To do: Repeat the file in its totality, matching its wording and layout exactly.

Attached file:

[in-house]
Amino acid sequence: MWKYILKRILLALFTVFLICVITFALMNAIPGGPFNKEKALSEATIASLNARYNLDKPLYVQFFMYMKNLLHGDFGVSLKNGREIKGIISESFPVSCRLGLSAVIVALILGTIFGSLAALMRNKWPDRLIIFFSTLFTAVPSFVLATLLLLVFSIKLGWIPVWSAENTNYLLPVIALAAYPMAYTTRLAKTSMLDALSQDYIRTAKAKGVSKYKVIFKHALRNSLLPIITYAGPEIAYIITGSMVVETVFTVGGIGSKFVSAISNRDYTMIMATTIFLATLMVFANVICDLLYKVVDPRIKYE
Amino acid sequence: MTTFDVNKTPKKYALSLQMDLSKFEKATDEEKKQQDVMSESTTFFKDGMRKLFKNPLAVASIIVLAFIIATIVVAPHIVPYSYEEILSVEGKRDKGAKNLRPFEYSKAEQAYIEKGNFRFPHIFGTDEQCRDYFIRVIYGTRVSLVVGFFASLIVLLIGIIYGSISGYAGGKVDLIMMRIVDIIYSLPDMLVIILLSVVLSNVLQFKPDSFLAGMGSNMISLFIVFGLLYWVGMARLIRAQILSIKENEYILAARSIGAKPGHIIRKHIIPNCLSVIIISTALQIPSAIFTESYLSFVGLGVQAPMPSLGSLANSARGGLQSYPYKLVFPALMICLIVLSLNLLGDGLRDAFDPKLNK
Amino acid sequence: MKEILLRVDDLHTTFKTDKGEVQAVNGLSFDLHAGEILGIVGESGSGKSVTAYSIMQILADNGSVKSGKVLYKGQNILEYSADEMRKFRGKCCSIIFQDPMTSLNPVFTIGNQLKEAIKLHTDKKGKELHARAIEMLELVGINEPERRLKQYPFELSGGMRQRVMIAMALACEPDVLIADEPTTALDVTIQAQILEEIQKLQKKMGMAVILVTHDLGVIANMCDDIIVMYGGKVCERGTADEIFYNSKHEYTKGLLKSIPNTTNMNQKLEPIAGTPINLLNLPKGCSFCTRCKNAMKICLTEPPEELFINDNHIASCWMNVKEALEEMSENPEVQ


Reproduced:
[in-house]
Amino acid sequence: MWKYILKRILLALFTVFLICVITFALMNAIPGGPFNKEKALSEATIASLNARYNLDKPLYVQFFMYMKNLLHGDFGVSLKNGREIKGIISESFPVSCRLGLSAVIVALILGTIFGSLAALMRNKWPDRLIIFFSTLFTAVPSFVLATLLLLVFSIKLGWIPVWSAENTNYLLPVIALAAYPMAYTTRLAKTSMLDALSQDYIRTAKAKGVSKYKVIFKHALRNSLLPIITYAGPEIAYIITGSMVVETVFTVGGIGSKFVSAISNRDYTMIMATTIFLATLMVFANVICDLLYKVVDPRIKYE
Amino acid sequence: MTTFDVNKTPKKYALSLQMDLSKFEKATDEEKKQQDVMSESTTFFKDGMRKLFKNPLAVASIIVLAFIIATIVVAPHIVPYSYEEILSVEGKRDKGAKNLRPFEYSKAEQAYIEKGNFRFPHIFGTDEQCRDYFIRVIYGTRVSLVVGFFASLIVLLIGIIYGSISGYAGGKVDLIMMRIVDIIYSLPDMLVIILLSVVLSNVLQFKPDSFLAGMGSNMISLFIVFGLLYWVGMARLIRAQILSIKENEYILAARSIGAKPGHIIRKHIIPNCLSVIIISTALQIPSAIFTESYLSFVGLGVQAPMPSLGSLANSARGGLQSYPYKLVFPALMICLIVLSLNLLGDGLRDAFDPKLNK
Amino acid sequence: MKEILLRVDDLHTTFKTDKGEVQAVNGLSFDLHAGEILGIVGESGSGKSVTAYSIMQILADNGSVKSGKVLYKGQNILEYSADEMRKFRGKCCSIIFQDPMTSLNPVFTIGNQLKEAIKLHTDKKGKELHARAIEMLELVGINEPERRLKQYPFELSGGMRQRVMIAMALACEPDVLIADEPTTALDVTIQAQILEEIQKLQKKMGMAVILVTHDLGVIANMCDDIIVMYGGKVCERGTADEIFYNSKHEYTKGLLKSIPNTTNMNQKLEPIAGTPINLLNLPKGCSFCTRCKNAMKICLTEPPEELFINDNHIASCWMNVKEALEEMSENPEVQ